Child mortality related to seroconversion or lack of seroconversion after measles vaccination

Pediatr Infect Dis J. 1989 Apr;8(4):197-200.


When blood samples were analyzed for seroconversion after measles vaccination, it was discovered that the vaccine had been ineffective for a certain period. During the 2 years between vaccination and the time of seroanalysis, nonseroconverters had a significantly higher mortality than seroconverters (P less than 0.05). The incidence of measles among nonseroconverters was 30% during the period. Between 9 months and 3 years of age, cumulative mortality was 15.1% for nonseroconverters and 4.5% for seroconverters. The difference in mortality was larger when high risk groups (twins, motherless children) were excluded from the analysis (P less than 0.01). The difference in mortality was particularly marked among children vaccinated in the age group 9 to 11 months. This as well as other community studies suggest that measles vaccination reduces child mortality from the age of vaccination by at least 30%.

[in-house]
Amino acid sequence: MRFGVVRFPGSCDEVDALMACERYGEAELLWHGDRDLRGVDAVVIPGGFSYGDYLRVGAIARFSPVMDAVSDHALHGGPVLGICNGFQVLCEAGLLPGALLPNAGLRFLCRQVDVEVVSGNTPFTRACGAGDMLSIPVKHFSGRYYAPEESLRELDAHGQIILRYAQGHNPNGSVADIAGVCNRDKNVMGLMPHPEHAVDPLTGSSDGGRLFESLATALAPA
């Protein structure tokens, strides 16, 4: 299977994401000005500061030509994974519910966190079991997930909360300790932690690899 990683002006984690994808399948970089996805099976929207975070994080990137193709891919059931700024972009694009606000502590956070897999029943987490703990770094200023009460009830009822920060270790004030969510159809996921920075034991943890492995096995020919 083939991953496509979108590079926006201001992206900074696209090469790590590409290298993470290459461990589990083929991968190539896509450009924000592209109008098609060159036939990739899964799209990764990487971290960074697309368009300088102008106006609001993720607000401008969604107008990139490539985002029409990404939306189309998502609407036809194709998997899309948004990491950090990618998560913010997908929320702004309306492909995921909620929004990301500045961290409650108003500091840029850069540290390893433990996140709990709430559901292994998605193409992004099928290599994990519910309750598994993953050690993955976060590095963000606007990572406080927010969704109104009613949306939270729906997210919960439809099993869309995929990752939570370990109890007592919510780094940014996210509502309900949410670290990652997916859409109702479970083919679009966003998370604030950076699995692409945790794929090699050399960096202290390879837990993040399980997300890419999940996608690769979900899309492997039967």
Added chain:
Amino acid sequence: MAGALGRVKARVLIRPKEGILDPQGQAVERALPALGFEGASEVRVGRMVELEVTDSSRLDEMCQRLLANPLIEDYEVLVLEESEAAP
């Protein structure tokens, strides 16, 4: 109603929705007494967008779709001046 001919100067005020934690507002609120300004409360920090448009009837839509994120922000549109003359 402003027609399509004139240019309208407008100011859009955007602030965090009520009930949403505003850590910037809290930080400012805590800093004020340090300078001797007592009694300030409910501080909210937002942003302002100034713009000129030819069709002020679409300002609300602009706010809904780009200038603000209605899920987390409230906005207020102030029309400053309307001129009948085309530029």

Publication types

  • Research Support, Non-U.S. Gov't

MeSH terms

  • Antibody Formation*
  • Child, Preschool
  • Double-Blind Method
  • Guinea-Bissau
  • Humans
  • Infant
  • Infant Mortality*
  • Infant, Newborn
  • Measles / epidemiology
  • Measles / mortality*
  • Measles Vaccine / immunology
  • Measles Vaccine / therapeutic use*


  • Measles Vaccine